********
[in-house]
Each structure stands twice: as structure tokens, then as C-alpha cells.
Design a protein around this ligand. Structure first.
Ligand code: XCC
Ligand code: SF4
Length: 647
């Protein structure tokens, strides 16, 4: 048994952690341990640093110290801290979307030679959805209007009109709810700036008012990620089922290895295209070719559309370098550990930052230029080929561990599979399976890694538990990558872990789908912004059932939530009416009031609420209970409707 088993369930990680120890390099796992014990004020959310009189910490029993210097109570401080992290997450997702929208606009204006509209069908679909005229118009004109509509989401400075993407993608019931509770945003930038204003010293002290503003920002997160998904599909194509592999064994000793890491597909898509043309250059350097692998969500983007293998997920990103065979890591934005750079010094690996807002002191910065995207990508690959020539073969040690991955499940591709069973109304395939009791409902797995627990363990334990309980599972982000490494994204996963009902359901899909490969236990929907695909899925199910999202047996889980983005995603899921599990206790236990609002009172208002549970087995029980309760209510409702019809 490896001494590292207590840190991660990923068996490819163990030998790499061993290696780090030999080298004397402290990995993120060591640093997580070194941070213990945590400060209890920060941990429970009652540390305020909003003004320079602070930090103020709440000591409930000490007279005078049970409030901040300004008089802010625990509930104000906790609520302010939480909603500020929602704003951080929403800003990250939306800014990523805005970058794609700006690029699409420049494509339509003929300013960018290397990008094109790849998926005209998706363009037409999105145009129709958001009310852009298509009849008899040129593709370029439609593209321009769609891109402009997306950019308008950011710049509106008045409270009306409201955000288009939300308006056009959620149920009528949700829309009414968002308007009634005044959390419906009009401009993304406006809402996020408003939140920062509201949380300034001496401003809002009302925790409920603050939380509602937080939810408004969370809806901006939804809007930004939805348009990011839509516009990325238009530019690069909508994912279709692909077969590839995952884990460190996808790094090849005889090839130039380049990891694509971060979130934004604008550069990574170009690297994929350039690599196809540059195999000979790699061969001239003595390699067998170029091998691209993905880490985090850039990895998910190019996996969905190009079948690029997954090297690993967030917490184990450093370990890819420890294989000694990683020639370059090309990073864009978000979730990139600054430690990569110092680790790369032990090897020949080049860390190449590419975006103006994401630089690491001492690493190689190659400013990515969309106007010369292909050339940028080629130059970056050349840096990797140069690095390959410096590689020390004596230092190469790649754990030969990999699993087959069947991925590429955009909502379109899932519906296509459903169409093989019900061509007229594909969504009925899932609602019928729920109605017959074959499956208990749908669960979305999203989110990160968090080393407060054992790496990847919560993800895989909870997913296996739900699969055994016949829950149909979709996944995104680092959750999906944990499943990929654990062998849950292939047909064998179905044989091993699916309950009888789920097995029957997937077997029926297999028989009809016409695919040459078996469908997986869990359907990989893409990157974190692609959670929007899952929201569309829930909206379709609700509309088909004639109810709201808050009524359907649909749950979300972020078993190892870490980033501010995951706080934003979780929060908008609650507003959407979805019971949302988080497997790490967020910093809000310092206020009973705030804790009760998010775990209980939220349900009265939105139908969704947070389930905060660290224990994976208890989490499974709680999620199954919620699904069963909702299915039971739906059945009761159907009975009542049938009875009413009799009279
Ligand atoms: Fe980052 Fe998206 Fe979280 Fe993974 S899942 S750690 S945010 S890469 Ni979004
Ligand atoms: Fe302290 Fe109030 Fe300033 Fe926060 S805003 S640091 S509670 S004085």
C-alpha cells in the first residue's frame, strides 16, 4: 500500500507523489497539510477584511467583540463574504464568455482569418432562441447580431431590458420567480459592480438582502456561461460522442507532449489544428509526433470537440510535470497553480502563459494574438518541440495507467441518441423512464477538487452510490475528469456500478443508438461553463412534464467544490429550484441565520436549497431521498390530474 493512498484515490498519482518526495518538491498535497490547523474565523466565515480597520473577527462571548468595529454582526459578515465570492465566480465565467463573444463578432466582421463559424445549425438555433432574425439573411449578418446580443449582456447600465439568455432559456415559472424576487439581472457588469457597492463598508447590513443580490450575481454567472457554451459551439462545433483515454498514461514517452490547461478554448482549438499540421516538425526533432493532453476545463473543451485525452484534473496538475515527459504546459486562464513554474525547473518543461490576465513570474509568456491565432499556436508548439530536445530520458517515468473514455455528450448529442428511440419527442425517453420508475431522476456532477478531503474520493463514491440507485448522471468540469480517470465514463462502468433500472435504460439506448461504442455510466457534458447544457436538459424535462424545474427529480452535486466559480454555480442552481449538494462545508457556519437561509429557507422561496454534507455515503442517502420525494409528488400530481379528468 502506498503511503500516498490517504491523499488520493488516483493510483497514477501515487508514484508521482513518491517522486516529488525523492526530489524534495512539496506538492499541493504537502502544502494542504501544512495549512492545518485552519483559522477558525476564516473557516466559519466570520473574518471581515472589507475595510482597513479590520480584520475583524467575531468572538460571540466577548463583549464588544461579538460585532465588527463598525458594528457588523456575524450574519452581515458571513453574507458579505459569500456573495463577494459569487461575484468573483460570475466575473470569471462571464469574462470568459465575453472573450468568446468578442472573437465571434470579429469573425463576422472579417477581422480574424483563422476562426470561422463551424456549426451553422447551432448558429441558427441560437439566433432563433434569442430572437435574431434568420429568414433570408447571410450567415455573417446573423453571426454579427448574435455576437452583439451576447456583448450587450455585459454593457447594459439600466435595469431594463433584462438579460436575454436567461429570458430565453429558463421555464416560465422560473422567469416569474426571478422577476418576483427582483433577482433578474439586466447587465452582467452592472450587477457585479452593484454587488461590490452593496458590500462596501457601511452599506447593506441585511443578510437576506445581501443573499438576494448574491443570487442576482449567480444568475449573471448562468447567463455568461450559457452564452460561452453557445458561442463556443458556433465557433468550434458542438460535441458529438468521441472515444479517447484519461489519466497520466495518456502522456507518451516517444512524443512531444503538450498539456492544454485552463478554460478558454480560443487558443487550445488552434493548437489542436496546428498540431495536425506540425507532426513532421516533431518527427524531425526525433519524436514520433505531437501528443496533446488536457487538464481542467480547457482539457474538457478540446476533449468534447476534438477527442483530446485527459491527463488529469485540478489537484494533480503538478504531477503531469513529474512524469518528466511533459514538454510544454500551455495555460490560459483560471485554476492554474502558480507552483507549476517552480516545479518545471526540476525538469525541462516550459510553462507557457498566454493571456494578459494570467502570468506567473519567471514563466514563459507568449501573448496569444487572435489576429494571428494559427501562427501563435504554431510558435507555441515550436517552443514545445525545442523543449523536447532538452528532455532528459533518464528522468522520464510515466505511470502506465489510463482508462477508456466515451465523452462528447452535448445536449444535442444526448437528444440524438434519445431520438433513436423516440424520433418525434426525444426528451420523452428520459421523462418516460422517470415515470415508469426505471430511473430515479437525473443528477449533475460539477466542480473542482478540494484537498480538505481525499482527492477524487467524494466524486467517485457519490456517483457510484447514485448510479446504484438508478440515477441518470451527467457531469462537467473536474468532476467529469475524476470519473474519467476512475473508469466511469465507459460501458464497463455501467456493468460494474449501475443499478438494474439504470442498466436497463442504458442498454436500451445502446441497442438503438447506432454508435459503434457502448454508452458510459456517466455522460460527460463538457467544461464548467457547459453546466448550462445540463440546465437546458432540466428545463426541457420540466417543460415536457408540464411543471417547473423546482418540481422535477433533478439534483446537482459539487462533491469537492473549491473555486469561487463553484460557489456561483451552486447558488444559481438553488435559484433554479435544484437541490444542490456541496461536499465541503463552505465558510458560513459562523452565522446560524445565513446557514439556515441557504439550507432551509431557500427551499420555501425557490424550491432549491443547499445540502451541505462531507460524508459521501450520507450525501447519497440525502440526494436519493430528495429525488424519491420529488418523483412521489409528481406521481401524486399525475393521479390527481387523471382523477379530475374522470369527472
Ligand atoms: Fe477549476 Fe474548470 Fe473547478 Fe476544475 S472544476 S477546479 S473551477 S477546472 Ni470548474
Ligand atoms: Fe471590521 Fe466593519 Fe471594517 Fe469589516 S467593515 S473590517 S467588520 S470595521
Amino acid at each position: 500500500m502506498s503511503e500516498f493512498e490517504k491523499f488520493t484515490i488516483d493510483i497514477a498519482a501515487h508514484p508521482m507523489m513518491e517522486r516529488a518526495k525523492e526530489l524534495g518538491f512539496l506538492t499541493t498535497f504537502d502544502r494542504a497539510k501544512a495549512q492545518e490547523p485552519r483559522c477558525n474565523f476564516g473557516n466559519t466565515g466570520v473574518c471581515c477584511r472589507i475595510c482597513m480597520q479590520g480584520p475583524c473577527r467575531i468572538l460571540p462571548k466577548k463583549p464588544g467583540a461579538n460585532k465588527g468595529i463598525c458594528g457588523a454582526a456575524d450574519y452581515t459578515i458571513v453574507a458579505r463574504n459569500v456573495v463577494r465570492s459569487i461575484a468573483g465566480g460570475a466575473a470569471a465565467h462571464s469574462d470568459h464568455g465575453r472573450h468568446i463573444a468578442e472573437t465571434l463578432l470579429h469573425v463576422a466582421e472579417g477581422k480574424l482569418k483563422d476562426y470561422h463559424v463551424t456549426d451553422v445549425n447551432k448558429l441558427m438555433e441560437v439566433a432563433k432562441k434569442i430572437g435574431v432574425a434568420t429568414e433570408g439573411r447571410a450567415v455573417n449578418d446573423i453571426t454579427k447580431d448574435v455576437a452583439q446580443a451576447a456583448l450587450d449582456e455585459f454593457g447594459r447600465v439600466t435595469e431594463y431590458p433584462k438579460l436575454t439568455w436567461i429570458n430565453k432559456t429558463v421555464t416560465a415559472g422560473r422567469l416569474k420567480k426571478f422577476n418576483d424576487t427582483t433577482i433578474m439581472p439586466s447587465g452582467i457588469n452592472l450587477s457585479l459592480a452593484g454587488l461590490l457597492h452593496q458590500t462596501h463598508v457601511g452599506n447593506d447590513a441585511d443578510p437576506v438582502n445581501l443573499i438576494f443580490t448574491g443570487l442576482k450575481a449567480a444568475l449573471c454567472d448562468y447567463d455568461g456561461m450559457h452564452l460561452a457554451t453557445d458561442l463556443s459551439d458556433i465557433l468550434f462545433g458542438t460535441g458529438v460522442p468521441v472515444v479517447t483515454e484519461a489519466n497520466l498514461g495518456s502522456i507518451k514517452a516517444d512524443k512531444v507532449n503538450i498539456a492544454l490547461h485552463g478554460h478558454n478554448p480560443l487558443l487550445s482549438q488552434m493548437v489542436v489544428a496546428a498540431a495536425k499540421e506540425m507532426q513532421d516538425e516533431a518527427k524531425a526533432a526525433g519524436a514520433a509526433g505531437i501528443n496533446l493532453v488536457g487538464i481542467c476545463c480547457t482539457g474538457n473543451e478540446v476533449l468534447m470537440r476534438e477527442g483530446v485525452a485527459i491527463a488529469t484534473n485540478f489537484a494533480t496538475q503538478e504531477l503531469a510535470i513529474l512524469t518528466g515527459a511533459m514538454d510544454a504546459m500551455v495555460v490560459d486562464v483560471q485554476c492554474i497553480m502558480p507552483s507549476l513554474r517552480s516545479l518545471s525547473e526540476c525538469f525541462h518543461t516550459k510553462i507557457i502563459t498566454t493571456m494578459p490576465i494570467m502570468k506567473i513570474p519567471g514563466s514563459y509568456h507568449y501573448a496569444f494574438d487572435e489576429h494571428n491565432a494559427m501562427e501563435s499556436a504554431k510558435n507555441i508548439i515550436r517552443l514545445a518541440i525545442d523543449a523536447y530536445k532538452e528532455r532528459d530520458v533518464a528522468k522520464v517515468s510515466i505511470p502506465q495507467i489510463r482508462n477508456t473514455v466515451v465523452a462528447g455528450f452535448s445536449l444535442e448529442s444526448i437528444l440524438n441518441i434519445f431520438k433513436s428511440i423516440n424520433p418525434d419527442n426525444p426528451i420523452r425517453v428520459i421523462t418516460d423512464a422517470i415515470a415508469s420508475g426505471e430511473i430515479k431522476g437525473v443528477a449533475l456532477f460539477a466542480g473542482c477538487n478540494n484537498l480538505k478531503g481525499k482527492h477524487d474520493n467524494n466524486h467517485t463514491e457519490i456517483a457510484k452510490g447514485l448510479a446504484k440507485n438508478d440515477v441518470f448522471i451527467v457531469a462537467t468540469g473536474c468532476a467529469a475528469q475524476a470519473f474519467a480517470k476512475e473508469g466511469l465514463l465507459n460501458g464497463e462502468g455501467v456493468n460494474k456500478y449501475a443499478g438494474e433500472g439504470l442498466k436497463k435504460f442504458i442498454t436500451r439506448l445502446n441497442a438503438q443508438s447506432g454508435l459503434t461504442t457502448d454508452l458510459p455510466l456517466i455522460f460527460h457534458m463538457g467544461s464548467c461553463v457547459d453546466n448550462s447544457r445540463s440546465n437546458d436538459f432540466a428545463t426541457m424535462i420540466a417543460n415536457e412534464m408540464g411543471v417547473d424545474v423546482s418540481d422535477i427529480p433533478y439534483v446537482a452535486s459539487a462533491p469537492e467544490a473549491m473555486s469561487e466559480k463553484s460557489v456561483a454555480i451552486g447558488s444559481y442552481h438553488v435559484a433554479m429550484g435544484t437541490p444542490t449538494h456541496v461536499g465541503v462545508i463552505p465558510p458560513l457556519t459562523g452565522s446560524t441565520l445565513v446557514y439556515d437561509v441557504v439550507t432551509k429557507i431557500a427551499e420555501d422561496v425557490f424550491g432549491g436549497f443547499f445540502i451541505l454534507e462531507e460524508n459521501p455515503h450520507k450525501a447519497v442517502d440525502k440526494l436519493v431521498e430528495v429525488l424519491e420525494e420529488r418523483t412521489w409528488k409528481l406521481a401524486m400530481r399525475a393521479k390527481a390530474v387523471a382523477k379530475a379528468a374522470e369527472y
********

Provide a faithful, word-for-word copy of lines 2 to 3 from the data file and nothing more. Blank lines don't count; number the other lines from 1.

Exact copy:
Each structure stands twice: as structure tokens, then as C-alpha cells.
Design a protein around this ligand. Structure first.